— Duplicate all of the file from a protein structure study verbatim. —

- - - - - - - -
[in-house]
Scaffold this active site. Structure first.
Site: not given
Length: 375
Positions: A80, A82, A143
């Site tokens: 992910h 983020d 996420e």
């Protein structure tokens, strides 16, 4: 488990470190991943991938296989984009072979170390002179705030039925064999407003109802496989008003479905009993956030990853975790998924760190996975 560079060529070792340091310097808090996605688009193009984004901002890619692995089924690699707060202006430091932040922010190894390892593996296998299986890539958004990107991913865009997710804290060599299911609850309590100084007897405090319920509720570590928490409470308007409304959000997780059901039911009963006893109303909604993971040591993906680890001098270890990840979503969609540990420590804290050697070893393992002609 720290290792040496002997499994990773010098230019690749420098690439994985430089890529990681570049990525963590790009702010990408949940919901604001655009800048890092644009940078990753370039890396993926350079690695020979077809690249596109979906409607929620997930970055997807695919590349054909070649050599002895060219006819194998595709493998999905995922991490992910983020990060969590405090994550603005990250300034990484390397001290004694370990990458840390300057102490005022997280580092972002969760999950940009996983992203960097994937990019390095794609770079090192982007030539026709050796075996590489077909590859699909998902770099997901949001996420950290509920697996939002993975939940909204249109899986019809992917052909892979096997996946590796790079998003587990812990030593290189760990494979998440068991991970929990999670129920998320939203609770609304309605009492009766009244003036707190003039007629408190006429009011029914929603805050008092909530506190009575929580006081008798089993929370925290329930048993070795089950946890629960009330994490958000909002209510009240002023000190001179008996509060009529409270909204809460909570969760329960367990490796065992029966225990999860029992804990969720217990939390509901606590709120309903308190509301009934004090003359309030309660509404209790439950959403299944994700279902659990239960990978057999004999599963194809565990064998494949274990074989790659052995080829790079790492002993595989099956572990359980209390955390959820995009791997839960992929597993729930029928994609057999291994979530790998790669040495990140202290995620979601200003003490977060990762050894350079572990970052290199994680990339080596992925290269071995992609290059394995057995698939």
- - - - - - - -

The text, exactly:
[in-house]
Scaffold this active site. Structure first.
Site: not given
Length: 375
Positions: A80, A82, A143
């Site tokens: 992910h 983020d 996420e």
């Protein structure tokens, strides 16, 4: 488990470190991943991938296989984009072979170390002179705030039925064999407003109802496989008003479905009993956030990853975790998924760190996975 560079060529070792340091310097808090996605688009193009984004901002890619692995089924690699707060202006430091932040922010190894390892593996296998299986890539958004990107991913865009997710804290060599299911609850309590100084007897405090319920509720570590928490409470308007409304959000997780059901039911009963006893109303909604993971040591993906680890001098270890990840979503969609540990420590804290050697070893393992002609 720290290792040496002997499994990773010098230019690749420098690439994985430089890529990681570049990525963590790009702010990408949940919901604001655009800048890092644009940078990753370039890396993926350079690695020979077809690249596109979906409607929620997930970055997807695919590349054909070649050599002895060219006819194998595709493998999905995922991490992910983020990060969590405090994550603005990250300034990484390397001290004694370990990458840390300057102490005022997280580092972002969760999950940009996983992203960097994937990019390095794609770079090192982007030539026709050796075996590489077909590859699909998902770099997901949001996420950290509920697996939002993975939940909204249109899986019809992917052909892979096997996946590796790079998003587990812990030593290189760990494979998440068991991970929990999670129920998320939203609770609304309605009492009766009244003036707190003039007629408190006429009011029914929603805050008092909530506190009575929580006081008798089993929370925290329930048993070795089950946890629960009330994490958000909002209510009240002023000190001179008996509060009529409270909204809460909570969760329960367990490796065992029966225990999860029992804990969720217990939390509901606590709120309903308190509301009934004090003359309030309660509404209790439950959403299944994700279902659990239960990978057999004999599963194809565990064998494949274990074989790659052995080829790079790492002993595989099956572990359980209390955390959820995009791997839960992929597993729930029928994609057999291994979530790998790669040495990140202290995620979601200003003490977060990762050894350079572990970052290199994680990339080596992925290269071995992609290059394995057995698939």